These findings are detailed in the new edition of Nature.
During 2014, the outbreak of the West African Makona strain of Ebola Zaire virus killed nearly 10,000 and caused worldwide concern. With increasing population growth in West Africa, the frequency of contact between humans and natural Ebola virus hosts such as bats will likely rise, potentially leading to more catastrophic outbreaks.
Many vaccine approaches have shown promise in being able to protect nonhuman primates against Ebola Zaire. In response to the Ebola Zaire outbreak, several of these vaccines have been fast tracked for human use.
One of those vaccines, developed by UTMB and Profectus, has been undergoing testing in the Galveston National Laboratory, the only fully operational Biosafety Level 4 laboratory on an academic campus in the U.S.
“These findings may pave the way for the identification and manufacture of safer, single dose, high efficiency vaccines to combat current and future Ebola outbreaks,” said Thomas Geisbert, UTMB professor of microbiology and immunology. “We are excited at the possibility of helping develop a way to stop this deadly disease. We have a lot of more work to accomplish but it’s important to note that this is a big step.”
The research team developed a vaccine effective against Ebola Zaire with a single dose in a nonhuman primate model. This new vaccine employs a virus not harmful to humans called vesicular stomatitis virus that had a part of the Ebola virus inserted into it. This “Trojan horse” vaccine safely triggered an immune response against Ebola Zaire.
To address any possible safety concerns associated with this vaccine, the team developed two next generation candidate vaccines that contain further weakened forms of the vaccine. Both of these vaccines produced an approximately ten-fold lower level of virus in the blood compared to the first generation vaccine.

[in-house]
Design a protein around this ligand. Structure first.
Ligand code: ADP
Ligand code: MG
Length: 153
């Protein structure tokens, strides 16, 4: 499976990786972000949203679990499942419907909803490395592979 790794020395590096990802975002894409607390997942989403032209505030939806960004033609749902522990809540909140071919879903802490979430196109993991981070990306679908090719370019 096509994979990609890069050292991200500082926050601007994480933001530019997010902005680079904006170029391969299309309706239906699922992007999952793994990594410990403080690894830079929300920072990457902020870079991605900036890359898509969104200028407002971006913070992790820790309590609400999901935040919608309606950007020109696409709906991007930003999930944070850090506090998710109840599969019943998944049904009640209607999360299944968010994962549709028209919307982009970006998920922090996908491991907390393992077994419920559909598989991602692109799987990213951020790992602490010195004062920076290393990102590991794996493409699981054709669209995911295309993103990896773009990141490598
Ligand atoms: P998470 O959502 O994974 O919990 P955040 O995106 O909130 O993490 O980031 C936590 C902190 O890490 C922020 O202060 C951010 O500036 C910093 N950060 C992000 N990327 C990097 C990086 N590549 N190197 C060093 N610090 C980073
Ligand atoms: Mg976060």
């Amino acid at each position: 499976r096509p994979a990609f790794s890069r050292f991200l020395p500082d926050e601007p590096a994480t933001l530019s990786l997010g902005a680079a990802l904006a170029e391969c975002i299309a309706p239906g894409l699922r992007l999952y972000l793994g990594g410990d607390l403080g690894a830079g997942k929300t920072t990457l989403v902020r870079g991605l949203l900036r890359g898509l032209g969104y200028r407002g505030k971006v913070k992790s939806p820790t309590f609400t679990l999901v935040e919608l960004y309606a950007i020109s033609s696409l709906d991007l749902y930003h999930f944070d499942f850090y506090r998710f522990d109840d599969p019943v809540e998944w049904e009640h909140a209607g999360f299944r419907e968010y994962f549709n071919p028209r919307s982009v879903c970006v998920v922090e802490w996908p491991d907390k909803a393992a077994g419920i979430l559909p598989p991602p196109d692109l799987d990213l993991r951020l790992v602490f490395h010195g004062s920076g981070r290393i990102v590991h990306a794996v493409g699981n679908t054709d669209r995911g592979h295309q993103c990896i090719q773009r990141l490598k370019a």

“It was not known whether any of these vaccines could provide protection against the new outbreak West African Makona strain of Ebola Zaire currently circulating in Guinea,” said John Eldridge, Chief Scientific Officer-Vaccines at Profectus Biosciences, Inc. “Our findings show that our candidate vaccines provided complete, single dose protection from a lethal amount of the Makona strain of Ebola virus.”
Both weakened vaccines have features of the Mayinga strain of Ebola virus, as do most other candidate Ebola Zaire vaccines currently under evaluation. The original 1976 Mayinga strain and the new West African Makona strain are quite similar. The researchers said it was important to test their candidate vaccines on the Makona strain to ensure that even small differences between the strains didn’t impact the effectiveness of the vaccine.
Other authors include UTMB’s Chad E. Mire, Joan B. Geisbert, Krystle N. Agans and Karla A. Fenton and Demetrius Matassov, Theresa E. Latham, Rong Xu, Ayuko Ota-Setlik, Michael A. Egan, David K. Clarke and John H. Eldridge from Profectus BioSciences, Inc.
This research was supported by the National Institutes of Health and the UTMB Department of Microbiology and Immunology.